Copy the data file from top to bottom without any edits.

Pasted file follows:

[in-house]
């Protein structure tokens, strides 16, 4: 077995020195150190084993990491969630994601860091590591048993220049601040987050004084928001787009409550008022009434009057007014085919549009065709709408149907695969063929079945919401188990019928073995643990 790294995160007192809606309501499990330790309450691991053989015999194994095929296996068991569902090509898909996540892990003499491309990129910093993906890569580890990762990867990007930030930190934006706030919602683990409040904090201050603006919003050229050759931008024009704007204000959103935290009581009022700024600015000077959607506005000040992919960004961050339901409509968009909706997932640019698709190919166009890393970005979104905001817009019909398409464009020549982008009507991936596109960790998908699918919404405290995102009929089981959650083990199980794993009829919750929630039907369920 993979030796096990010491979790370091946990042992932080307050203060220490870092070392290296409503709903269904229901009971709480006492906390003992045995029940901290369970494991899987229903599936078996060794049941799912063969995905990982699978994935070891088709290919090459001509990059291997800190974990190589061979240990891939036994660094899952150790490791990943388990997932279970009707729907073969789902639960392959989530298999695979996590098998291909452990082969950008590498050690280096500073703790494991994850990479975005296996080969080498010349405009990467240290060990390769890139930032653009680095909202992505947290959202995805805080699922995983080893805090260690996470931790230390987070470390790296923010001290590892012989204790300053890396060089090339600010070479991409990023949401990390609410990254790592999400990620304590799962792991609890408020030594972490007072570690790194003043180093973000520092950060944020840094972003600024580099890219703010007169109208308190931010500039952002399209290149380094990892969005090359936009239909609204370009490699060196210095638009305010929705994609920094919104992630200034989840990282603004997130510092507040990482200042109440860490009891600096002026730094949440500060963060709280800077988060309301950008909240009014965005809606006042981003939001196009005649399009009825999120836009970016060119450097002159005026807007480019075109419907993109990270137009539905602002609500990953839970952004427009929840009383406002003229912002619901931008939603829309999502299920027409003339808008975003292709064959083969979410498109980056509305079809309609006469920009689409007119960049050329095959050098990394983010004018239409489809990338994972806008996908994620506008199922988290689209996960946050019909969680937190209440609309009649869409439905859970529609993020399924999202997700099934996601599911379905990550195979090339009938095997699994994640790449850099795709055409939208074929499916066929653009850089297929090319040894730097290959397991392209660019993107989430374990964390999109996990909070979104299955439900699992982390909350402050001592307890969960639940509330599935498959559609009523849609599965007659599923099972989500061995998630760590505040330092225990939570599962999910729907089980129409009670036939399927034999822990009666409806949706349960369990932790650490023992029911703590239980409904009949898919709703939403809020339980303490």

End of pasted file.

[in-house]
């Protein structure tokens, strides 16, 4: 077995020195150190084993990491969630994601860091590591048993220049601040987050004084928001787009409550008022009434009057007014085919549009065709709408149907695969063929079945919401188990019928073995643990 790294995160007192809606309501499990330790309450691991053989015999194994095929296996068991569902090509898909996540892990003499491309990129910093993906890569580890990762990867990007930030930190934006706030919602683990409040904090201050603006919003050229050759931008024009704007204000959103935290009581009022700024600015000077959607506005000040992919960004961050339901409509968009909706997932640019698709190919166009890393970005979104905001817009019909398409464009020549982008009507991936596109960790998908699918919404405290995102009929089981959650083990199980794993009829919750929630039907369920 993979030796096990010491979790370091946990042992932080307050203060220490870092070392290296409503709903269904229901009971709480006492906390003992045995029940901290369970494991899987229903599936078996060794049941799912063969995905990982699978994935070891088709290919090459001509990059291997800190974990190589061979240990891939036994660094899952150790490791990943388990997932279970009707729907073969789902639960392959989530298999695979996590098998291909452990082969950008590498050690280096500073703790494991994850990479975005296996080969080498010349405009990467240290060990390769890139930032653009680095909202992505947290959202995805805080699922995983080893805090260690996470931790230390987070470390790296923010001290590892012989204790300053890396060089090339600010070479991409990023949401990390609410990254790592999400990620304590799962792991609890408020030594972490007072570690790194003043180093973000520092950060944020840094972003600024580099890219703010007169109208308190931010500039952002399209290149380094990892969005090359936009239909609204370009490699060196210095638009305010929705994609920094919104992630200034989840990282603004997130510092507040990482200042109440860490009891600096002026730094949440500060963060709280800077988060309301950008909240009014965005809606006042981003939001196009005649399009009825999120836009970016060119450097002159005026807007480019075109419907993109990270137009539905602002609500990953839970952004427009929840009383406002003229912002619901931008939603829309999502299920027409003339808008975003292709064959083969979410498109980056509305079809309609006469920009689409007119960049050329095959050098990394983010004018239409489809990338994972806008996908994620506008199922988290689209996960946050019909969680937190209440609309009649869409439905859970529609993020399924999202997700099934996601599911379905990550195979090339009938095997699994994640790449850099795709055409939208074929499916066929653009850089297929090319040894730097290959397991392209660019993107989430374990964390999109996990909070979104299955439900699992982390909350402050001592307890969960639940509330599935498959559609009523849609599965007659599923099972989500061995998630760590505040330092225990939570599962999910729907089980129409009670036939399927034999822990009666409806949706349960369990932790650490023992029911703590239980409904009949898919709703939403809020339980303490």